A recent judgement by the Peshawar High Court striking down the Fata Interim Governance Regulation led to a legal vacuum in the settled tribal districts. KP filed a review petition in the Supreme Court which in its ruling on Monday gave the government six months to take appropriate steps to introduce a proper judicial system in the area.

The meeting decided to establish courts in the erstwhile Fata within one year. The officials say that while the SC has given six months to establish court, they are confident that the apex court may grant further extension owing to the multiple complex issues. In the meantime, platforms for dispute resolution and grievance redressal would be established based on age-old tradition to benefit the people, should they ask for it.

Law and order

The meeting, which was also attended by the KP chief minister and governor as well as relevant officials and representatives of the 11th Corps and Military Operations Directorate, decided to fill 2,200 vacant pots of Levies and their training in accordance with the police criteria within three to six months.

Police would move inside the tribal districts in a sequential manner within one year with soft to hard approach. “The state should project its softer image and not be seen as coercing them,” a senior government official said.

DSPs, inspectors and sub-inspectors would all be inducted into the police from the erstwhile Fata within one year, the minutes issued by the Prime Minister Office said. “Police, prisons and prosecution should move in a sequential manner,” the minutes read.

Health and education

The meeting decided to extend independent monitoring units to ensure immediate presence of staff in health and education facilities and check absenteeism, filling of vacant posts, identification of missing facilities and provision of such facilities through the Annual Development Programme and creation of new facilities in schools and the now-settled district headquarters’ hospitals.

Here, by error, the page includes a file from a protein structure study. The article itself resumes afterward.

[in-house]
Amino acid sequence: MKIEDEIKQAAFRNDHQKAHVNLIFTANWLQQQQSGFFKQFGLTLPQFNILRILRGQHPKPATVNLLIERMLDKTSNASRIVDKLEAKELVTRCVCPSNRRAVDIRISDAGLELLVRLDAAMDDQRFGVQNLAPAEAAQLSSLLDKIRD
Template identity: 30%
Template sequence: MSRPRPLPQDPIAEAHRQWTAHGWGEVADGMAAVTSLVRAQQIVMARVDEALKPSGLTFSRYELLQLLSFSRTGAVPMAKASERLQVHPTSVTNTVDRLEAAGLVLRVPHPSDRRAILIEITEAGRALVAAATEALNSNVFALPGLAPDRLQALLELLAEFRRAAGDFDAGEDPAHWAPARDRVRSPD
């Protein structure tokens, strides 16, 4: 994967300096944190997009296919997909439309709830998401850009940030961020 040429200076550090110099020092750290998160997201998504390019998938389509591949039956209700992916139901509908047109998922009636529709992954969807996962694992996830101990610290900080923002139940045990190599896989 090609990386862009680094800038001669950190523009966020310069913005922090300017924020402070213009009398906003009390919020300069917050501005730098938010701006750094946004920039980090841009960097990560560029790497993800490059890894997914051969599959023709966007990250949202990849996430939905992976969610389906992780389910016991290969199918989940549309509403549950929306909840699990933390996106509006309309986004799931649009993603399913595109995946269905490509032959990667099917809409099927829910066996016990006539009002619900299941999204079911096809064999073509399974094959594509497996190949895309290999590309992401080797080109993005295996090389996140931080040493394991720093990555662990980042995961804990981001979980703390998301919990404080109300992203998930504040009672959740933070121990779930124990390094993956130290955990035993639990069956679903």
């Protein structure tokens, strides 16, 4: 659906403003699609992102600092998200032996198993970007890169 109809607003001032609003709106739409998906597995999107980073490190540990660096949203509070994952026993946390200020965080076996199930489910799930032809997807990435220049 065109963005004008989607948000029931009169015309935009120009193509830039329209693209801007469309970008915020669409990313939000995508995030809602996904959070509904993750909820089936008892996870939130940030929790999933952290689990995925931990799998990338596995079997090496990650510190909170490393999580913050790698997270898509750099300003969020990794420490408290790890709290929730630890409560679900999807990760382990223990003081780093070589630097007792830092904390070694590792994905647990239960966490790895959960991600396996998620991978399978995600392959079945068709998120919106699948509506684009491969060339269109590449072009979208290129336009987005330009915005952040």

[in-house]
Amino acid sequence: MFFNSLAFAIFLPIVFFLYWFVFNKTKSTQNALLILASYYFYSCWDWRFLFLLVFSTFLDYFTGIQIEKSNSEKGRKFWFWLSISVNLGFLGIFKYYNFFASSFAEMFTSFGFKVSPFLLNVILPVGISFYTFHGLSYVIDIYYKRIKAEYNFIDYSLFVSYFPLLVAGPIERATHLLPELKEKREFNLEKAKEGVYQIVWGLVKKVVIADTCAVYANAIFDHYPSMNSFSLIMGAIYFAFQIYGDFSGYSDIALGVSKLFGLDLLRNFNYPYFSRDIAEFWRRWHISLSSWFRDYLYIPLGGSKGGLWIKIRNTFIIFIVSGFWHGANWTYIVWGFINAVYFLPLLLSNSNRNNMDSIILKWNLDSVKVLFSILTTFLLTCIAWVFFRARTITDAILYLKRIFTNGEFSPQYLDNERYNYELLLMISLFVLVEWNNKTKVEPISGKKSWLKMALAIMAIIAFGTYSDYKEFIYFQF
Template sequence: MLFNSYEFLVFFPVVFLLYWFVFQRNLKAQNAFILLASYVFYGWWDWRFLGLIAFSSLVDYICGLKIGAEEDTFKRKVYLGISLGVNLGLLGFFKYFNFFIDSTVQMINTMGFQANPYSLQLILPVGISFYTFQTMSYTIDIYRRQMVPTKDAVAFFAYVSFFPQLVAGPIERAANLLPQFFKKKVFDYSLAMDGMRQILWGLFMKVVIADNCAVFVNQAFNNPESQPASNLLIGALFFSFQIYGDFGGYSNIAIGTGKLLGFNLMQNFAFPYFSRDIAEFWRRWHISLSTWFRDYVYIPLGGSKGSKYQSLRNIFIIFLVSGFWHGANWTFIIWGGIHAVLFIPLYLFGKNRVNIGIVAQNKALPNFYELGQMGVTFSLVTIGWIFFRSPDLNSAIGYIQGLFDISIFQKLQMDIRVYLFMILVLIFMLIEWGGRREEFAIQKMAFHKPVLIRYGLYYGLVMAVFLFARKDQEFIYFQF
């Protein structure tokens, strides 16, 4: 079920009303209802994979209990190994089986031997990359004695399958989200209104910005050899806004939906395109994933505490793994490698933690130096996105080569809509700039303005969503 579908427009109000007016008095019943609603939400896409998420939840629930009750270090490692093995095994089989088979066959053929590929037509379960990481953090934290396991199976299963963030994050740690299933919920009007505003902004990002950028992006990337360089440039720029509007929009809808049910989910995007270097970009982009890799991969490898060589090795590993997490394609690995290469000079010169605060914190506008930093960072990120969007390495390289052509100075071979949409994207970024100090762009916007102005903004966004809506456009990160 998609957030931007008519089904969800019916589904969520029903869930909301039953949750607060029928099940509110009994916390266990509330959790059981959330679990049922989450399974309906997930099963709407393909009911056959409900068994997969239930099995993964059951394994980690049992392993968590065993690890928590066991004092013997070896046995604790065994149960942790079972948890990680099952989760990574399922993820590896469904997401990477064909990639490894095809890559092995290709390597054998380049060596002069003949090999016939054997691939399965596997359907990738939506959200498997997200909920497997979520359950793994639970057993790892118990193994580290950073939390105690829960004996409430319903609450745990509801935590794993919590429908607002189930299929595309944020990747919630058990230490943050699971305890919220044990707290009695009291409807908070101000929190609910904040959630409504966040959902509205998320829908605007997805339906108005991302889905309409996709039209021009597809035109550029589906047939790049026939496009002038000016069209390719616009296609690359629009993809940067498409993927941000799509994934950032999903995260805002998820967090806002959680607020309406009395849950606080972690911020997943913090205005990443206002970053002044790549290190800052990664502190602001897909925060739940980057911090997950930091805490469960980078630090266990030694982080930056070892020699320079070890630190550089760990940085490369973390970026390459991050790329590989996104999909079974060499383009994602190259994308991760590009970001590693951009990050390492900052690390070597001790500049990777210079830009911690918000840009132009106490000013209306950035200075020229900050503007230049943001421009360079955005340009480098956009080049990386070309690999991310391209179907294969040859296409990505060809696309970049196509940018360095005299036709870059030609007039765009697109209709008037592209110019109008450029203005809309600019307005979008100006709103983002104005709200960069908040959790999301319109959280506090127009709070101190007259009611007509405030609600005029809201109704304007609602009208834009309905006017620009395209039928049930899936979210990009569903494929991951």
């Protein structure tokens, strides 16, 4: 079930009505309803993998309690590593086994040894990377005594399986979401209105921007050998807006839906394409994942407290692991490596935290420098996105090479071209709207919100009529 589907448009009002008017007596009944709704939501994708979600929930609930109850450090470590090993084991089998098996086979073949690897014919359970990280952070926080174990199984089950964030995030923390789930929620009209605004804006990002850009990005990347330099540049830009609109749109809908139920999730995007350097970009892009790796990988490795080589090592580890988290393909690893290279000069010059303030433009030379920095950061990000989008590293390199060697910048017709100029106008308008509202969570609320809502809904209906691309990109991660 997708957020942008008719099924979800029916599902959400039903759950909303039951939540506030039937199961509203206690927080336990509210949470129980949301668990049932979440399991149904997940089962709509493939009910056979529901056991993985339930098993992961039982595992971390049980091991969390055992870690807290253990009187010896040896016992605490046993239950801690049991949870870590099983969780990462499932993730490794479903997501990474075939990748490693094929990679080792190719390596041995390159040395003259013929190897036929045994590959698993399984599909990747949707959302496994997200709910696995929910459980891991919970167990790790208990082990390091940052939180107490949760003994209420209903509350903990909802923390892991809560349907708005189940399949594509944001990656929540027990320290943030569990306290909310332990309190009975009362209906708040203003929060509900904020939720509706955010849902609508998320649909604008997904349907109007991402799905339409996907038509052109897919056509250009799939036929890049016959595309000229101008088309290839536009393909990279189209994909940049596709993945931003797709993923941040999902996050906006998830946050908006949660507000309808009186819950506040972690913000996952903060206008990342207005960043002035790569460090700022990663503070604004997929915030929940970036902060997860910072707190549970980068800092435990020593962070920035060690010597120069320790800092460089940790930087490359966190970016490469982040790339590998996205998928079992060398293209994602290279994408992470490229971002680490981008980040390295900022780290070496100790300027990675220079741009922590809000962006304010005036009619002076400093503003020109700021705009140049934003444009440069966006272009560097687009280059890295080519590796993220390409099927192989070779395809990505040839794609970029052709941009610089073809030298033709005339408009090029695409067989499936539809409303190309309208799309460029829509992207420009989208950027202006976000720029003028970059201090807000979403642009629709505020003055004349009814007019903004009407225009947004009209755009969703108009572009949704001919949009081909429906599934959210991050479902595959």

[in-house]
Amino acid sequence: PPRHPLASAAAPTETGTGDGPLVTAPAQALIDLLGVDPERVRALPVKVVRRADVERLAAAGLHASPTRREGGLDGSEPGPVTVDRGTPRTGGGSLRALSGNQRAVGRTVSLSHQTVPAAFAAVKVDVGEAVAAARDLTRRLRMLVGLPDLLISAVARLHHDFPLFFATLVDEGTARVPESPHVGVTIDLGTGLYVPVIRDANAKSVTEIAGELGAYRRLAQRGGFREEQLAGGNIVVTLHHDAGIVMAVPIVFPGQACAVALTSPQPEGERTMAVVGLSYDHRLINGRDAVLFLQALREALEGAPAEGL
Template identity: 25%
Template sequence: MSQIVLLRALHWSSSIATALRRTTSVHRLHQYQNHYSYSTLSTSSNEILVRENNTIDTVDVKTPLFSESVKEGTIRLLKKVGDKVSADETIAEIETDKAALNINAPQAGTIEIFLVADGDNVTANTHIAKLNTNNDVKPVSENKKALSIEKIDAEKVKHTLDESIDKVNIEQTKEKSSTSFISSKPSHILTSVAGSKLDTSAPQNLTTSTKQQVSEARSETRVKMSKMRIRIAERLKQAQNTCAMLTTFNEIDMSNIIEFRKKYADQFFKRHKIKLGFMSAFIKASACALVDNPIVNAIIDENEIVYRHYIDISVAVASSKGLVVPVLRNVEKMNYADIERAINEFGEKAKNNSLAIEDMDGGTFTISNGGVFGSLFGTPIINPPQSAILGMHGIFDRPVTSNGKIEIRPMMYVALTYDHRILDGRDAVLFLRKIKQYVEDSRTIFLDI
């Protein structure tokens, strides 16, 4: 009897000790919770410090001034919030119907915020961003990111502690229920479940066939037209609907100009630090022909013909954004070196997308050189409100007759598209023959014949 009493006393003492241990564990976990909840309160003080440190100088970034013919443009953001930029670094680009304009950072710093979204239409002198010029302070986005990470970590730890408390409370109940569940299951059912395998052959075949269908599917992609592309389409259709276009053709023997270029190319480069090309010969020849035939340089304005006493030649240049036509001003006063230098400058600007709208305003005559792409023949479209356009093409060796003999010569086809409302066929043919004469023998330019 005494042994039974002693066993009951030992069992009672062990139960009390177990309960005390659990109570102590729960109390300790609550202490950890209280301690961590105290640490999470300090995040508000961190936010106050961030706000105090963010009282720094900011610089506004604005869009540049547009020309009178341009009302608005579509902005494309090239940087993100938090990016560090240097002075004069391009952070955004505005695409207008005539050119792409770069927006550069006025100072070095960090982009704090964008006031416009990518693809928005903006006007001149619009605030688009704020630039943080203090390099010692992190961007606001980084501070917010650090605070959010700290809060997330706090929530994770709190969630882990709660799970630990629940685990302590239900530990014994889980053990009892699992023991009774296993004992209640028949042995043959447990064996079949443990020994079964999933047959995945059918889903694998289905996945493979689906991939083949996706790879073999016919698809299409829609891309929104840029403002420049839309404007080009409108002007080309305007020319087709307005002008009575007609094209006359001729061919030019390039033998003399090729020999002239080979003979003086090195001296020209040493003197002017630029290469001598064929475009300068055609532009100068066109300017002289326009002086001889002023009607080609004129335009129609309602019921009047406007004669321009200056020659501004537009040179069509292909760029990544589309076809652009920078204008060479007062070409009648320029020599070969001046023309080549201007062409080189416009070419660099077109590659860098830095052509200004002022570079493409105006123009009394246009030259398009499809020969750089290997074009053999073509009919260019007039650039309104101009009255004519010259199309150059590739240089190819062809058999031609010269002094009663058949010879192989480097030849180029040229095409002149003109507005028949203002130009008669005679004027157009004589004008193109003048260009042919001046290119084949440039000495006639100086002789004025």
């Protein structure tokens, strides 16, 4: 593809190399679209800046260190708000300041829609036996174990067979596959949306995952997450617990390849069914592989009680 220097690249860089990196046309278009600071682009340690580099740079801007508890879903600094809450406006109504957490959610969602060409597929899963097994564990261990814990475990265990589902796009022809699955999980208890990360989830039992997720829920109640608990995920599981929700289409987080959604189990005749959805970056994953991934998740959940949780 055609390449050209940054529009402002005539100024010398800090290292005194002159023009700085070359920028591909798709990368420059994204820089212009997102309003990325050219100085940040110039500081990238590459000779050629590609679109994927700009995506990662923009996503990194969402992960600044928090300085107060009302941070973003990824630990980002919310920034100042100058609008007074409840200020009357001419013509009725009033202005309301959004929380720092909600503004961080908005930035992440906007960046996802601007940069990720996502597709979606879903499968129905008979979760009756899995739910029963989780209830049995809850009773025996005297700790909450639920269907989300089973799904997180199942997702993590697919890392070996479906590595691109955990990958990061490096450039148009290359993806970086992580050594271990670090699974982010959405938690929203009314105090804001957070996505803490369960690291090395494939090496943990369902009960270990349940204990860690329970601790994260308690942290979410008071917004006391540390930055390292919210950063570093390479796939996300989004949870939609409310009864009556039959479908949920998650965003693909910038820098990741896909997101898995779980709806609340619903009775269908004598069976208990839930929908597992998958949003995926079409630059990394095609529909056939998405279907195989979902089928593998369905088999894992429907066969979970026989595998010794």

The meeting also decided to extend Health Cards to around half a million families in the tribal districts by the Ministry of National Health Services and Regulation within one month.

The meeting decided to enact the Local Government Law and hold local government elections at the same time as that of KP within six months.

Overall governance

The meeting decided to abolish the post of additional chief secretary (Fata) and transfer all his functions to the home and tribal affairs secretary. Ministers and secretaries have been directed to start visiting the merged districts, while the cabinet would get an update on progress either through special cabinet meetings every two months or an agenda item in the every second meeting.

The planning and development Fata would cease to exist with all its functions to be assigned to the KP P&D and all internationally funded programmes to shift to KP along with the directorate projects which would now report directly to the ACS (P&D), KP.

Published in Dawn, January 5th, 2019